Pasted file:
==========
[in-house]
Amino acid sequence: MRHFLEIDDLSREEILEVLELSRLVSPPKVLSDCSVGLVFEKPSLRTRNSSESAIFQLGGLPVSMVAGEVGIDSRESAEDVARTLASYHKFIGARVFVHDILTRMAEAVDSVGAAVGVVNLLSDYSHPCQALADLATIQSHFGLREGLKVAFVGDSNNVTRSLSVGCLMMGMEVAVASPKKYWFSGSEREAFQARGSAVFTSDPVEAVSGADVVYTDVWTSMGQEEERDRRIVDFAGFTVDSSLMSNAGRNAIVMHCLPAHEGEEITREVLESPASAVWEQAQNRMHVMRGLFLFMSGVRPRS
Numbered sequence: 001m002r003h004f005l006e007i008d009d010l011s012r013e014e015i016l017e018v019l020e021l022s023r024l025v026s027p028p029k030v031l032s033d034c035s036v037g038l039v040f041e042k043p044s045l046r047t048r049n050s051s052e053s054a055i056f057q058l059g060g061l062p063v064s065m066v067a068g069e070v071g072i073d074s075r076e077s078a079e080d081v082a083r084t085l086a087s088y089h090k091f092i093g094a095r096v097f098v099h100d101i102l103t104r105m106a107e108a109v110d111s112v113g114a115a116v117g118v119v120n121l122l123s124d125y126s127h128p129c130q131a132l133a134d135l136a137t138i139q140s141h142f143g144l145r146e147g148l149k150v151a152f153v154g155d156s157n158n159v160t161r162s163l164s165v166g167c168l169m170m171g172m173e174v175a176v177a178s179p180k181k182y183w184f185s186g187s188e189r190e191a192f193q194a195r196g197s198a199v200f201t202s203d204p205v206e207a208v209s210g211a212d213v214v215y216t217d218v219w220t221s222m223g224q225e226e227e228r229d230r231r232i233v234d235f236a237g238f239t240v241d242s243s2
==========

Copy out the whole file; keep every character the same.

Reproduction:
[in-house]
Amino acid sequence: MRHFLEIDDLSREEILEVLELSRLVSPPKVLSDCSVGLVFEKPSLRTRNSSESAIFQLGGLPVSMVAGEVGIDSRESAEDVARTLASYHKFIGARVFVHDILTRMAEAVDSVGAAVGVVNLLSDYSHPCQALADLATIQSHFGLREGLKVAFVGDSNNVTRSLSVGCLMMGMEVAVASPKKYWFSGSEREAFQARGSAVFTSDPVEAVSGADVVYTDVWTSMGQEEERDRRIVDFAGFTVDSSLMSNAGRNAIVMHCLPAHEGEEITREVLESPASAVWEQAQNRMHVMRGLFLFMSGVRPRS
Numbered sequence: 001m002r003h004f005l006e007i008d009d010l011s012r013e014e015i016l017e018v019l020e021l022s023r024l025v026s027p028p029k030v031l032s033d034c035s036v037g038l039v040f041e042k043p044s045l046r047t048r049n050s051s052e053s054a055i056f057q058l059g060g061l062p063v064s065m066v067a068g069e070v071g072i073d074s075r076e077s078a079e080d081v082a083r084t085l086a087s088y089h090k091f092i093g094a095r096v097f098v099h100d101i102l103t104r105m106a107e108a109v110d111s112v113g114a115a116v117g118v119v120n121l122l123s124d125y126s127h128p129c130q131a132l133a134d135l136a137t138i139q140s141h142f143g144l145r146e147g148l149k150v151a152f153v154g155d156s157n158n159v160t161r162s163l164s165v166g167c168l169m170m171g172m173e174v175a176v177a178s179p180k181k182y183w184f185s186g187s188e189r190e191a192f193q194a195r196g197s198a199v200f201t202s203d204p205v206e207a208v209s210g211a212d213v214v215y216t217d218v219w220t221s222m223g224q225e226e227e228r229d230r231r232i233v234d235f236a237g238f239t240v241d242s243s2